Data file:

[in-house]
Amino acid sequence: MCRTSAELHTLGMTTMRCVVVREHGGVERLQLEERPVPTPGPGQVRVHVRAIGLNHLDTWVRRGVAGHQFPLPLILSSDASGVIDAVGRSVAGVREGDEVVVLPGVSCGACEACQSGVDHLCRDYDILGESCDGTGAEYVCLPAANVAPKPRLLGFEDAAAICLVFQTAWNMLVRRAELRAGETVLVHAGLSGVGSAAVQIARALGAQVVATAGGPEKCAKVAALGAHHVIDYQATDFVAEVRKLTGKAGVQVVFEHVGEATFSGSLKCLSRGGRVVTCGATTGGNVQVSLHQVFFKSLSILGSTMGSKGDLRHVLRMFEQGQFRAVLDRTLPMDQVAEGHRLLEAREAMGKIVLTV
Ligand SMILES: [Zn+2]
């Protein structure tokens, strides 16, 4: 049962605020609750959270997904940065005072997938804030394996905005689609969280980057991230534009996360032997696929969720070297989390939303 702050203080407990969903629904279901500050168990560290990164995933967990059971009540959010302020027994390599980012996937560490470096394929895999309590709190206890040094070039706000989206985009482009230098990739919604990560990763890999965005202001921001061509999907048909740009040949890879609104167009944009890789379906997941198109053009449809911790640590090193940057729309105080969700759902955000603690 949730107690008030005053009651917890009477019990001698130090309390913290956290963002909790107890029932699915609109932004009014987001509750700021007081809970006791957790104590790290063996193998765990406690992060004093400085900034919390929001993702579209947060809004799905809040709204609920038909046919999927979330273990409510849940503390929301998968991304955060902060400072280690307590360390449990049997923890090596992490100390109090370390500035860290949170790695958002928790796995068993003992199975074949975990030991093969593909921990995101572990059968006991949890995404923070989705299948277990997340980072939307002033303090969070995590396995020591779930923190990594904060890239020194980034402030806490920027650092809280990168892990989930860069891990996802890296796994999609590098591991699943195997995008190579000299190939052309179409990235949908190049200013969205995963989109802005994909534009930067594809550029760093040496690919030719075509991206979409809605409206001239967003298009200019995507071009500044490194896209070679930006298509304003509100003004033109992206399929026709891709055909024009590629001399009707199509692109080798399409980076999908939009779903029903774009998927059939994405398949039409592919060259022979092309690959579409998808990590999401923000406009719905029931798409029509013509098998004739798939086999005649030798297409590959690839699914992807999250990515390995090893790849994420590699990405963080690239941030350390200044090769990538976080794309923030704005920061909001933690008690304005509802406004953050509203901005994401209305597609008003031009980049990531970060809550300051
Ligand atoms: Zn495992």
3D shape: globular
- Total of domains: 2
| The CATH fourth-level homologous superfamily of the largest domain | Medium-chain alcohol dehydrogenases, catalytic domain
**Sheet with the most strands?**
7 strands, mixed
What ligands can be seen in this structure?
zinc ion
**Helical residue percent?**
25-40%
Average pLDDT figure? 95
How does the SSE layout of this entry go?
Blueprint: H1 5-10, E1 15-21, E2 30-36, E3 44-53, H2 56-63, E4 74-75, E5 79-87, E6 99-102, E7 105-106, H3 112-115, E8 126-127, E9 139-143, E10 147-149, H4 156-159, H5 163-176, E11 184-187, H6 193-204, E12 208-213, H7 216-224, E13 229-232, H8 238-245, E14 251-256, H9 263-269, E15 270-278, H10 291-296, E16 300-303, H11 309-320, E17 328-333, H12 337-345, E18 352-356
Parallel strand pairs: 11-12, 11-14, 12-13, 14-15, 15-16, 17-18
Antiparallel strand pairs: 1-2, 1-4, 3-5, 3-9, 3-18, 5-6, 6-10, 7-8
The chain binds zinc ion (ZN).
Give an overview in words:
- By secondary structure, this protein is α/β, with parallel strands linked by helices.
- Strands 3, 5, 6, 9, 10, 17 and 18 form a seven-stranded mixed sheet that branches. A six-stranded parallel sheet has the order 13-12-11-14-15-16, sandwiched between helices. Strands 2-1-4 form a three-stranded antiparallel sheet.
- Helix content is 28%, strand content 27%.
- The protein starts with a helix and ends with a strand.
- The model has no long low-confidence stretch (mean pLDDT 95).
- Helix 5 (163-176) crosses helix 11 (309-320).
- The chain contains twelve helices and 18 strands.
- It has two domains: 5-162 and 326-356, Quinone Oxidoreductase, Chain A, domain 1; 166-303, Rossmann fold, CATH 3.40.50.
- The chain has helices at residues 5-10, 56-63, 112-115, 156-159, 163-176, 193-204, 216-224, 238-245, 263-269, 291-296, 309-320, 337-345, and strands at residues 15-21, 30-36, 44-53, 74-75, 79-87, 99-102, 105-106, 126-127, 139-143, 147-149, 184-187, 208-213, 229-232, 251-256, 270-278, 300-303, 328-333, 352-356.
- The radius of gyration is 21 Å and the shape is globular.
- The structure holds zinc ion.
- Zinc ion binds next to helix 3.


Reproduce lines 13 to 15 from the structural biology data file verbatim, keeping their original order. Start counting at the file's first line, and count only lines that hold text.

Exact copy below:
**Helical residue percent?**
25-40%
Average pLDDT figure? 95